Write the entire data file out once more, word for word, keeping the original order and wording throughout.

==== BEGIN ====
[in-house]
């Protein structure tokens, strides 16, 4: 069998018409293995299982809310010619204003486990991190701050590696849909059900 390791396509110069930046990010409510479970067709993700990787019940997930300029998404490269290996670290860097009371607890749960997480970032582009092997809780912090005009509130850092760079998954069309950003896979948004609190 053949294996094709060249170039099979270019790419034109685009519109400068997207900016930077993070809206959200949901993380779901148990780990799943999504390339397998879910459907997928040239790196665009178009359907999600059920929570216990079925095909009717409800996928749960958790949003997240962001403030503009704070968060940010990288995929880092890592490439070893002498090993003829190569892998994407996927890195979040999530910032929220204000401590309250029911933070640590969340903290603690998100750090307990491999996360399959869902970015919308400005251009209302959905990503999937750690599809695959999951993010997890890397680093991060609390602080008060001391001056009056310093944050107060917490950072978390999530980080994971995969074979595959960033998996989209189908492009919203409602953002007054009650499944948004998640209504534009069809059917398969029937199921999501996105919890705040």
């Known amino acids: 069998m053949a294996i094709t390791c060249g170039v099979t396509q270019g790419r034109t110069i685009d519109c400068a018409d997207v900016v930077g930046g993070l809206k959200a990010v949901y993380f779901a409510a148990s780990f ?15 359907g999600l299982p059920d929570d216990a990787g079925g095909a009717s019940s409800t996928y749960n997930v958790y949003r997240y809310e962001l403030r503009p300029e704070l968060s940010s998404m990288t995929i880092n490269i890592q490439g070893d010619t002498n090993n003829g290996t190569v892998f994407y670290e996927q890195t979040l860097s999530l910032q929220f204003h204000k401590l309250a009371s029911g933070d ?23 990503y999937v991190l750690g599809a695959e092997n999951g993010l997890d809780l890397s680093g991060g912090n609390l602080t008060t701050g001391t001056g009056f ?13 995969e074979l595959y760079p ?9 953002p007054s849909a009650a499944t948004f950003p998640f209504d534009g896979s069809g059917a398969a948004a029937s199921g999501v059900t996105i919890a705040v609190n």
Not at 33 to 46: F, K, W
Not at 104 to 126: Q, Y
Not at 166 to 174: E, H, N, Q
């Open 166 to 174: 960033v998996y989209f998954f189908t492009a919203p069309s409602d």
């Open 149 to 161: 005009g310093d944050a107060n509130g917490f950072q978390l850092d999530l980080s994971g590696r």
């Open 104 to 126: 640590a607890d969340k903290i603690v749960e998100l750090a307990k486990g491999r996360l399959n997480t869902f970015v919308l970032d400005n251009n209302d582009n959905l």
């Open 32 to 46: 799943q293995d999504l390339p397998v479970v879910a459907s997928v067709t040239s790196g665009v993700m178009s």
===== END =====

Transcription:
[in-house]
């Protein structure tokens, strides 16, 4: 069998018409293995299982809310010619204003486990991190701050590696849909059900 390791396509110069930046990010409510479970067709993700990787019940997930300029998404490269290996670290860097009371607890749960997480970032582009092997809780912090005009509130850092760079998954069309950003896979948004609190 053949294996094709060249170039099979270019790419034109685009519109400068997207900016930077993070809206959200949901993380779901148990780990799943999504390339397998879910459907997928040239790196665009178009359907999600059920929570216990079925095909009717409800996928749960958790949003997240962001403030503009704070968060940010990288995929880092890592490439070893002498090993003829190569892998994407996927890195979040999530910032929220204000401590309250029911933070640590969340903290603690998100750090307990491999996360399959869902970015919308400005251009209302959905990503999937750690599809695959999951993010997890890397680093991060609390602080008060001391001056009056310093944050107060917490950072978390999530980080994971995969074979595959960033998996989209189908492009919203409602953002007054009650499944948004998640209504534009069809059917398969029937199921999501996105919890705040």
């Known amino acids: 069998m053949a294996i094709t390791c060249g170039v099979t396509q270019g790419r034109t110069i685009d519109c400068a018409d997207v900016v930077g930046g993070l809206k959200a990010v949901y993380f779901a409510a148990s780990f ?15 359907g999600l299982p059920d929570d216990a990787g079925g095909a009717s019940s409800t996928y749960n997930v958790y949003r997240y809310e962001l403030r503009p300029e704070l968060s940010s998404m990288t995929i880092n490269i890592q490439g070893d010619t002498n090993n003829g290996t190569v892998f994407y670290e996927q890195t979040l860097s999530l910032q929220f204003h204000k401590l309250a009371s029911g933070d ?23 990503y999937v991190l750690g599809a695959e092997n999951g993010l997890d809780l890397s680093g991060g912090n609390l602080t008060t701050g001391t001056g009056f ?13 995969e074979l595959y760079p ?9 953002p007054s849909a009650a499944t948004f950003p998640f209504d534009g896979s069809g059917a398969a948004a029937s199921g999501v059900t996105i919890a705040v609190n």
Not at 33 to 46: F, K, W
Not at 104 to 126: Q, Y
Not at 166 to 174: E, H, N, Q
């Open 166 to 174: 960033v998996y989209f998954f189908t492009a919203p069309s409602d």
């Open 149 to 161: 005009g310093d944050a107060n509130g917490f950072q978390l850092d999530l980080s994971g590696r």
């Open 104 to 126: 640590a607890d969340k903290i603690v749960e998100l750090a307990k486990g491999r996360l399959n997480t869902f970015v919308l970032d400005n251009n209302d582009n959905l």
């Open 32 to 46: 799943q293995d999504l390339p397998v479970v879910a459907s997928v067709t040239s790196g665009v993700m178009s």